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Section C
Effective Programs
Ineffective Strategies for Violence Prevention
 
Scare tactics
 
Segregating aggressive students
 
Short-term interventions
 
Identification of the pre-violent adolescent
 
Focus on providing information
 
Focus on self-esteem only
Source: Dusenbury, et. al. J School Health.
3
Ineffective Strategies for Teen Pregnancy Prevention
 
Providing information alone
 
Scare tactics
 
Short-term interventions
 
Abstinence only
 
Contraception only
 
School-based services
4
Improving Youth Health Outcomes
 
What does research show us about what works to improve youth
health outcomes
5
Violence Prevention Strategies
 
Building supportive (adult-youth) relationships
 
Have clear principles, objectives, and a theoretical frame
 
Recognize strengths of communities
 
Build on resiliency of youth
6
Elements of Positive Youth Development
 
In substance abuse prevention, effective programs include many
elements of positive youth development
-  Skills training
-  Providing life options
-  Linking youth to social contexts (adults, school, community
institutions)
-  Expanding youth participation
-  Empower communities to control drugs
Source: Leventhal & Keeshan in Millstein, et al. Promoting the Health of Adolescent.
7
Positive Youth Development
 
Positive youth development is defined as participation
in pro-social behaviors and avoidance of health
compromising and future jeopardizing behaviors
8
Connections Count
 
Parent and family connections
 
School connections
 
Peer connections
9
School Counts
 
School achievement
 
School involvement
 
School climate
10
Parents Count
 
Parent availability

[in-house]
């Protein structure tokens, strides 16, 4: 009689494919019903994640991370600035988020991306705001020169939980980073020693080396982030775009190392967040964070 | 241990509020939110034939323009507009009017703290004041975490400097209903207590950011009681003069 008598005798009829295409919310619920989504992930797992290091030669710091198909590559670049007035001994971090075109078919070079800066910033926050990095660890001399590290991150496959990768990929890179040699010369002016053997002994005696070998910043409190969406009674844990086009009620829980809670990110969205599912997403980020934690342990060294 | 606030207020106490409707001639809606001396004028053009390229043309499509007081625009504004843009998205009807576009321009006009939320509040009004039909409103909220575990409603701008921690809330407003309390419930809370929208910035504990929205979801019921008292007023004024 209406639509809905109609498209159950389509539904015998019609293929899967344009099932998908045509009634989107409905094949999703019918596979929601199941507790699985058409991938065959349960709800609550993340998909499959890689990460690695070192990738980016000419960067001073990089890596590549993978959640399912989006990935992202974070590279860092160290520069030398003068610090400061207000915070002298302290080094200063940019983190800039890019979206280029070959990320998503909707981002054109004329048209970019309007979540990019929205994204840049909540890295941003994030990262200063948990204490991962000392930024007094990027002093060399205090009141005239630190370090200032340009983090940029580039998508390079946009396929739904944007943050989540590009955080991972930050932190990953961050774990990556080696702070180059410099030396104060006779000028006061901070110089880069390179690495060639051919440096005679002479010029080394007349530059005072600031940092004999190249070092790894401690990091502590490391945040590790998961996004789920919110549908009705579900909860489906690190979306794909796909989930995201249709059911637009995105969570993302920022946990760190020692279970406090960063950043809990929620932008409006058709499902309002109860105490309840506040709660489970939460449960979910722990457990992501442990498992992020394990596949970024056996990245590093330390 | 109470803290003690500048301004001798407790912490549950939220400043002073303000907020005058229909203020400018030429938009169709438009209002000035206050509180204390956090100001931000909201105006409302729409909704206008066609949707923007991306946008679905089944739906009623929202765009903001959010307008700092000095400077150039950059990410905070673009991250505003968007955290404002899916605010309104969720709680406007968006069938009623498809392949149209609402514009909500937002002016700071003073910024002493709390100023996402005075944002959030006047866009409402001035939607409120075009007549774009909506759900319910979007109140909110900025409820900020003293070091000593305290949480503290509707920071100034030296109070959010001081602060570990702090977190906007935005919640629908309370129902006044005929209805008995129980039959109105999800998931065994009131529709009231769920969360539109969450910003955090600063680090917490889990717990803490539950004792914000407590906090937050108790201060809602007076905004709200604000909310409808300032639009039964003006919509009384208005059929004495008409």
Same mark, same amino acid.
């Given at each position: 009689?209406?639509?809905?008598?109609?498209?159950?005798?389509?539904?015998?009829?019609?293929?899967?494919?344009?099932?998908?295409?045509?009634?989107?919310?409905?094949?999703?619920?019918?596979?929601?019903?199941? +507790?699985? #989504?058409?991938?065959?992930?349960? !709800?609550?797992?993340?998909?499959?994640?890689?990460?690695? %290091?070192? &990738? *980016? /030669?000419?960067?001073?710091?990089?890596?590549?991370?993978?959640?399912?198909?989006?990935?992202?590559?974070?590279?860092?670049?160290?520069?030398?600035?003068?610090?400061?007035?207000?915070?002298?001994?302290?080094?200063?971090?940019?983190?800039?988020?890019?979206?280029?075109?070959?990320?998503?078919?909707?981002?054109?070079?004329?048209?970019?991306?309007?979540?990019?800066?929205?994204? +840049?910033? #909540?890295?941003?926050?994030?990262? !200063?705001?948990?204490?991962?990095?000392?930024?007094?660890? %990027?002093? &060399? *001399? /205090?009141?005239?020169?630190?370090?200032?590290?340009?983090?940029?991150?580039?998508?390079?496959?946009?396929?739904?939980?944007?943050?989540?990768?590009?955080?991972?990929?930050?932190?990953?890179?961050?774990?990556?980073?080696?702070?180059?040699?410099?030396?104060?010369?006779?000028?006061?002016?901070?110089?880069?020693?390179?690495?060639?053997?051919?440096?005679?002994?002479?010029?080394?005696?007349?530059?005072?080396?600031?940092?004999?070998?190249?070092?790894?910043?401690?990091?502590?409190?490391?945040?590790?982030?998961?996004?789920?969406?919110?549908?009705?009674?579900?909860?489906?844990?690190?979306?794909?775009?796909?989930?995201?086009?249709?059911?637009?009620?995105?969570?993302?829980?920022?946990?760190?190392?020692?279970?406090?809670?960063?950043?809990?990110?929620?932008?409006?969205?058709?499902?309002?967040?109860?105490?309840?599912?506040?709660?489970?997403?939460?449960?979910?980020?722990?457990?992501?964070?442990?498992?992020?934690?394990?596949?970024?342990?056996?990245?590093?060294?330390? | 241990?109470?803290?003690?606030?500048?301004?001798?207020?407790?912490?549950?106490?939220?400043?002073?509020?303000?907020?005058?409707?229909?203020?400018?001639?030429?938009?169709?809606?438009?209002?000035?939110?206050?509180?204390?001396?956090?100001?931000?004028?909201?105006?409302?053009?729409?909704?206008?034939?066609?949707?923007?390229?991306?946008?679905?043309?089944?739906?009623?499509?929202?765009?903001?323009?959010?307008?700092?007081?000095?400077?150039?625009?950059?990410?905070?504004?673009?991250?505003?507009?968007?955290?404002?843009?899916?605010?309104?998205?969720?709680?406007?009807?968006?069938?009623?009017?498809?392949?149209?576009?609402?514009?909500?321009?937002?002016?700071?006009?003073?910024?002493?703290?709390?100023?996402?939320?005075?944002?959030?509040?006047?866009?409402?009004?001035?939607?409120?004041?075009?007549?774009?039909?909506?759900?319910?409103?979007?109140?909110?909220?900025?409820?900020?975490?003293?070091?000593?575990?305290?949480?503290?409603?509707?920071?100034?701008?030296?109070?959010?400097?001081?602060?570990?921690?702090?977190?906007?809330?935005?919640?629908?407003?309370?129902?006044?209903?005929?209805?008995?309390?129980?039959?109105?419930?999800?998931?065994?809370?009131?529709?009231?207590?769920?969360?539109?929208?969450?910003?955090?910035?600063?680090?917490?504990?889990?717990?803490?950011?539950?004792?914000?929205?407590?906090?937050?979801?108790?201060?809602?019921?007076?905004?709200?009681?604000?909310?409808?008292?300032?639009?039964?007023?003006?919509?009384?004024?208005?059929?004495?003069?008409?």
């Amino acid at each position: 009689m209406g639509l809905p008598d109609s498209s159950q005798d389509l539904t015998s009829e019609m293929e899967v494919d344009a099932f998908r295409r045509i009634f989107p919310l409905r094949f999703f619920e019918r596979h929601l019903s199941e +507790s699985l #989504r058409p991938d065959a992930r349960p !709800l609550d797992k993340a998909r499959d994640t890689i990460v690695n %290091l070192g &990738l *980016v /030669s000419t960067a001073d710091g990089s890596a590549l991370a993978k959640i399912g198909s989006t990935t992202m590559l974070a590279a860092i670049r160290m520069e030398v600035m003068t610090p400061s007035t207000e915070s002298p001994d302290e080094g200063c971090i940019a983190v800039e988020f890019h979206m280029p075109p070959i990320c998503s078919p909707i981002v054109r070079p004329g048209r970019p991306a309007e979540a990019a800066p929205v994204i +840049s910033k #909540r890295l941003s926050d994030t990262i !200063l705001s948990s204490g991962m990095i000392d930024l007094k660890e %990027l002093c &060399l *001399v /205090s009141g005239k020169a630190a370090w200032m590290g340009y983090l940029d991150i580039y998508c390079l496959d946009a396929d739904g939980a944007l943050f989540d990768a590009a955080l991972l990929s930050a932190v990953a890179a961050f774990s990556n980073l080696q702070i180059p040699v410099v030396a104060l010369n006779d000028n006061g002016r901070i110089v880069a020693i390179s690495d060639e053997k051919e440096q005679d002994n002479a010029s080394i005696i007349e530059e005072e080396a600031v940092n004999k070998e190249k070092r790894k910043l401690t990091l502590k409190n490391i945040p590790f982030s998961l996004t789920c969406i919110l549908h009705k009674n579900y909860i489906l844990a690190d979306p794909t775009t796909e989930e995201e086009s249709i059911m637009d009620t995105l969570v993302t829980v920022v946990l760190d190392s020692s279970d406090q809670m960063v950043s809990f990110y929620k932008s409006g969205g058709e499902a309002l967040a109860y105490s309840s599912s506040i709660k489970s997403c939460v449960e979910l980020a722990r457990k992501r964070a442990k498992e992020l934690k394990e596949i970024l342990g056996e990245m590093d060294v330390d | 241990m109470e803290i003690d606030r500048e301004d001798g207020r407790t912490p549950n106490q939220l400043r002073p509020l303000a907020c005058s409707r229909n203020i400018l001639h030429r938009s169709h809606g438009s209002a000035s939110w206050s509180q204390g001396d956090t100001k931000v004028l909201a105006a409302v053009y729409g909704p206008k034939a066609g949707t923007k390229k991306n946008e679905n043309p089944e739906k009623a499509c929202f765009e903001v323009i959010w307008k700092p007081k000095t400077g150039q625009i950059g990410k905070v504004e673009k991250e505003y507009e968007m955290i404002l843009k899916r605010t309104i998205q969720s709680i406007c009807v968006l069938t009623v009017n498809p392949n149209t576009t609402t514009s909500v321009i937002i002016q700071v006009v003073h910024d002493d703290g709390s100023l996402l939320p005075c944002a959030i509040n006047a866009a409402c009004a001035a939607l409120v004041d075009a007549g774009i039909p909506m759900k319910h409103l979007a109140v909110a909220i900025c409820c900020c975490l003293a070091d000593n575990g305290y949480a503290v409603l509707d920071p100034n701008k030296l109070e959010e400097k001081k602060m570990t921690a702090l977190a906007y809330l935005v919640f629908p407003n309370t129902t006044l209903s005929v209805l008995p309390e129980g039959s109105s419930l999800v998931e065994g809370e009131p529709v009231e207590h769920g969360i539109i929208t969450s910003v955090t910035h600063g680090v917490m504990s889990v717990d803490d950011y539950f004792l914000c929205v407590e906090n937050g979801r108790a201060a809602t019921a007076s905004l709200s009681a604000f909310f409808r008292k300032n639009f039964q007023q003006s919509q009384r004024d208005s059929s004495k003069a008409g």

 
Parent expectations for school performance
 
Parent values
11
A Positive Youth Development Framework Provides
 
Safety and structure
 
Belonging and group membership
 
Self-worth and contributions
 
Independence and control over one’s life
 
Competence
 
Closeness with peers and nurturing adults
Source: Kirby & Coyle.
12
Five Aspects of Institutions that Enhance Youth Development
 
Providing youth choices and control over things that affect their
lives
 
Having a safe place to be themselves
 
Being treated with dignity and respect
 
Having access to relationships that create connections and
connectedness
 
Being surrounded by hope and promise
Source: Berry. (1995).
13
Blum’s Positive Youth Development Model
People: An adult who cares, who is
connected; a network of adults who
are involved in the life of the adolescent
Contributions:
The opportunities to
contribute to family,
neighborhood,
community, youth
involvement
P
C
A
P
Place: A place for youth to
congregate, to recreate
with adult supervision, to
develop friendships
The Adolescent
A
Activities: School and
community activities that
develop a sense of
connection/belonging
14
Wrap Up
15
Wrap Up
16
Wrap Up
17
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